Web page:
The next factor is related to city size. In particular, several studies found that city size is a significant predictor of the rate of employment of female officers after controlling for other city demographics such as percentage of young population, minority population, and single-mother households (see, for example, Zhao, Herbst, and Lovrich 2001). The LEOKA data on workforce composition in the 2002 UCR, for example, indicated that the percentage of female officers relative to males is higher in larger cities as compared to smaller ones.

The third factor is related to the unique political environment in each city. Elected public officials are inclined to represent the interests of the people who elect them to office. Following this line of thinking, there is a positive relationship between the presence of a black mayor, for example, and the likelihood of the provision of noteworthy collective benefits to African Americans. Because top municipal administrators have considerable discretionary power in determining the outcome of personnel policies in a local police agency, a minority mayor may advocate for additional hiring of minority officers. Furthermore, female council members and mayors are also highlighted in previous studies as possible predictors of increases in the number of female police officers. (Note, however, that the variables that attempt to measure local political influence such as the leadership of a minority mayor or the percentage of female council members have produced mixed findings.)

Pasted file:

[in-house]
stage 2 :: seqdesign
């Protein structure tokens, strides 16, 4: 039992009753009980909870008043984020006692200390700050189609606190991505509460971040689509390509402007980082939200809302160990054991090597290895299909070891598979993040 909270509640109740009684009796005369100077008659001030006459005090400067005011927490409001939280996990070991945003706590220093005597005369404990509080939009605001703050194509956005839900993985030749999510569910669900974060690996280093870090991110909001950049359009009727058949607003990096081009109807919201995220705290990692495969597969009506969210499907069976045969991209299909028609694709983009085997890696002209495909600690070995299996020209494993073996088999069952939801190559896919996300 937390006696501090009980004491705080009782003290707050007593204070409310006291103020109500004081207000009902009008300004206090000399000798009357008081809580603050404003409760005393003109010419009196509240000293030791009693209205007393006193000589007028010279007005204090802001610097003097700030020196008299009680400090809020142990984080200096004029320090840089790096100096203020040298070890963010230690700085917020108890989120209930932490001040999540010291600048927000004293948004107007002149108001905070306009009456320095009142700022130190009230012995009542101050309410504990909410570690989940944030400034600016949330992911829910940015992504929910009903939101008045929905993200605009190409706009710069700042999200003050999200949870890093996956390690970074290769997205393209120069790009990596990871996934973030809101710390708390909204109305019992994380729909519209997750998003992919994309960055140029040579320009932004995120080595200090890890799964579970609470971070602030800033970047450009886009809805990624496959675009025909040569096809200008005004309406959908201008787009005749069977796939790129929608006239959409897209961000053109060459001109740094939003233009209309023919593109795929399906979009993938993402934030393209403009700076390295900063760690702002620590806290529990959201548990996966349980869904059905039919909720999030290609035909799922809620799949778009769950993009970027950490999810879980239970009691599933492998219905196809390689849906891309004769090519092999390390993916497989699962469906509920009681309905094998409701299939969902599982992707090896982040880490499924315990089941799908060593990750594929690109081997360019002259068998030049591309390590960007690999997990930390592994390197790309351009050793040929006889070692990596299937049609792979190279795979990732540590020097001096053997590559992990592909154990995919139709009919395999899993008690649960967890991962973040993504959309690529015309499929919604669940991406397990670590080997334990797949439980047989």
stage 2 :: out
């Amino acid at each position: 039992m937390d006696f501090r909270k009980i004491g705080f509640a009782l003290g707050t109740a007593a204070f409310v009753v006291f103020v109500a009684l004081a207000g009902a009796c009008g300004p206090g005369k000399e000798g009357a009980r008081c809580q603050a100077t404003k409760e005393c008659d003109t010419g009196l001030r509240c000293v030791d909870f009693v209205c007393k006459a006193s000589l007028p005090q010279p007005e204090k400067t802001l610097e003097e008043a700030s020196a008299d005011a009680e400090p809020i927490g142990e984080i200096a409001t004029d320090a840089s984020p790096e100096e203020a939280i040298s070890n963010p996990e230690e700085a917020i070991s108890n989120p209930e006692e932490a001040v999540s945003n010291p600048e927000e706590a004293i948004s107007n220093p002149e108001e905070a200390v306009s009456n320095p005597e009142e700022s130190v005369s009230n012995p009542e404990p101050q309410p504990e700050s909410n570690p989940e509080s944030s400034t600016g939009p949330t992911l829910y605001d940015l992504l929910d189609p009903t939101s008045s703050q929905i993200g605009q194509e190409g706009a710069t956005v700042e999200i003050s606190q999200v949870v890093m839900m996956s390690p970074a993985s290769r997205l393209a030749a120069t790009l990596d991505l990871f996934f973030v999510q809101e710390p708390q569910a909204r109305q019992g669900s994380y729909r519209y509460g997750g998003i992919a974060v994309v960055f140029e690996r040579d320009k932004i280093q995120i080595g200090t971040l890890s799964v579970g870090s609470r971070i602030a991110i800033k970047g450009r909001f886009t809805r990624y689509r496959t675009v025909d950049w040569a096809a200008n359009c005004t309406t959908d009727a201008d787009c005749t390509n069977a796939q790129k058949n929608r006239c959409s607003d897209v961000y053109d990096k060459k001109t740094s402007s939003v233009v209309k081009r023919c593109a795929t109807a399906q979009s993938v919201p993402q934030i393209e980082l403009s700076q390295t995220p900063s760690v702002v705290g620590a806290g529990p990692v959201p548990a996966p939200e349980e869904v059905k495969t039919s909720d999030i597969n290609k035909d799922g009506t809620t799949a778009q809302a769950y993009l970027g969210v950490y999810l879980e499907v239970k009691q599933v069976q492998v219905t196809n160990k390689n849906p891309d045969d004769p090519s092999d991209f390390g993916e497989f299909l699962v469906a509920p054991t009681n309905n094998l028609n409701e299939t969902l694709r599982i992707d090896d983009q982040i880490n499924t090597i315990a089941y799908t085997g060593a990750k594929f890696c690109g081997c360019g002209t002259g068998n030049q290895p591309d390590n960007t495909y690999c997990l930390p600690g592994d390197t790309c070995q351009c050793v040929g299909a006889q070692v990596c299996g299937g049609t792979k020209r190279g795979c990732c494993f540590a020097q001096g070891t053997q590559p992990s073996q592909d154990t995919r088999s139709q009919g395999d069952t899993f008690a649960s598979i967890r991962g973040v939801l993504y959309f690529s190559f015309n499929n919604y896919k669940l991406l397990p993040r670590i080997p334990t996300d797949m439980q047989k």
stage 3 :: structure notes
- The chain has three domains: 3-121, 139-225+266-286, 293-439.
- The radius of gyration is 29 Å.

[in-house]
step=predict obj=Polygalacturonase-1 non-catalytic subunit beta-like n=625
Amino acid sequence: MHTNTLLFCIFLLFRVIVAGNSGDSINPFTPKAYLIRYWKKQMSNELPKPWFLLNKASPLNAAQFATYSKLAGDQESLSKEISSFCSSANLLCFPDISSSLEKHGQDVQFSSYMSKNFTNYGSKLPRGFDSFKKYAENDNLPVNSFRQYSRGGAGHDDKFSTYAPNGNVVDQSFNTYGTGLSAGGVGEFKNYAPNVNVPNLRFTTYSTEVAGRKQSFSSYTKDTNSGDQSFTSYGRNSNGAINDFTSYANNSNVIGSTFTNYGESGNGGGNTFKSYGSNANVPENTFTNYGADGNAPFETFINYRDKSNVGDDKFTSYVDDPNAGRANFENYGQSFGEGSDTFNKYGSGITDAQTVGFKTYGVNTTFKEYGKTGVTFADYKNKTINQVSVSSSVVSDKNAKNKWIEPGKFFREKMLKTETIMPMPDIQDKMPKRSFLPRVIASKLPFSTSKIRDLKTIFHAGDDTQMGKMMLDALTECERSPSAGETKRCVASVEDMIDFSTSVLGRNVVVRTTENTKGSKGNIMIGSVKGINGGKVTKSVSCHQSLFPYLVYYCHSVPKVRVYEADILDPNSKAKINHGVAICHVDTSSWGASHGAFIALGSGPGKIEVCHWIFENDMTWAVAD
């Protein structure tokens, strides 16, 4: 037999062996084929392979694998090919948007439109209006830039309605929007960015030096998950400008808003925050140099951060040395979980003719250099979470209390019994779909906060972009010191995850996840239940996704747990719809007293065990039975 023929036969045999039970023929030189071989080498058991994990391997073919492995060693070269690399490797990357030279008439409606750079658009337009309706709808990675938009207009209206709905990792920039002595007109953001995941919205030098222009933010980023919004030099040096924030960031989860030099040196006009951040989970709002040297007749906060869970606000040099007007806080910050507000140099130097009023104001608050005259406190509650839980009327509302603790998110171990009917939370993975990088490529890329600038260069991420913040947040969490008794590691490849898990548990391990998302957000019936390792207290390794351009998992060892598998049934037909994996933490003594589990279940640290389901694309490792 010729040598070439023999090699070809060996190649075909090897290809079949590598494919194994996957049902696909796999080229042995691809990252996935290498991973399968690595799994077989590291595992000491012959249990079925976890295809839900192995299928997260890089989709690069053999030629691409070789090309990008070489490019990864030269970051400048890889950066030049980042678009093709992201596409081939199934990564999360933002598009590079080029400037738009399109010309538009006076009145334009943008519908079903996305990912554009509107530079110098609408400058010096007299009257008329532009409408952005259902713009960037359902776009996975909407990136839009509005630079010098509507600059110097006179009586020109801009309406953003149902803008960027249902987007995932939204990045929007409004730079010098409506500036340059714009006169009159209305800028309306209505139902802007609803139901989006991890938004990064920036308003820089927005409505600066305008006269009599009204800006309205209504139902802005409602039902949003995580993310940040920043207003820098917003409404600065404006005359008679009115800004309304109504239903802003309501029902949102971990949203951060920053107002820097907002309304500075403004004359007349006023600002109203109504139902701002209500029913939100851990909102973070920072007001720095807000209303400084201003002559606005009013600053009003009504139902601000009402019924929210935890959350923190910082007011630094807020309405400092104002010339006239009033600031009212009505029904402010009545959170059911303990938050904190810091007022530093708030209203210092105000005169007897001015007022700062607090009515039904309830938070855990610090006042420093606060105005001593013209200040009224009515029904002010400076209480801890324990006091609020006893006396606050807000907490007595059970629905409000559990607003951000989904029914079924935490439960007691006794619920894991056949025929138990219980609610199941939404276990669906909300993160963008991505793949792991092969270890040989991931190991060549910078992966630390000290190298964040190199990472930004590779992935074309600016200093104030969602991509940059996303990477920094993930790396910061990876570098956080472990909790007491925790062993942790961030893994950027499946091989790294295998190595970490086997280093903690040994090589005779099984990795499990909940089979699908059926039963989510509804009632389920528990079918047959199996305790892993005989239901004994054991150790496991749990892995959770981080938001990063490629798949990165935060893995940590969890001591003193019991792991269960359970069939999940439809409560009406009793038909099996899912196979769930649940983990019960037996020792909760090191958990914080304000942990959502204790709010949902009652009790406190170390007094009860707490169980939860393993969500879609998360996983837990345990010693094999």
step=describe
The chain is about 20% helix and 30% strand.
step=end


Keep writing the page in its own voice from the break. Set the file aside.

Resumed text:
The final significant predictor is the presence of an affirmative action program. The passage of the Equal Employment Opportunity Act of 1972 made a vast number of federal, state, and local agencies subject to requirements for ”good faith effort” affirmative action programs as defined by the federal courts and the Equal Employment Opportunity Commission (EEOC), pursuant to the legislative intent of Title VII of the Civil Rights Act of 1964. A key aspect of affirmative action programs is their focus on a set of specific goals and timetables keyed to the pools of qualified applicants. These programs frequently feature specific goals in numerical terms with respect to the hiring of minority and female candidates, particularly when reflecting a federal court mandate issued on a substantiated claim of historical underrep-resentation or manifesting discriminatory personnel practices. The availability of an affirmative action program in a police department is a significant determinant of the hiring of female and minority officers (Zhao, He, and Lovrich 2005; Zhao, Herbst, and Lovrich 2001; Martin 1991; Steel and Lovrich 1989).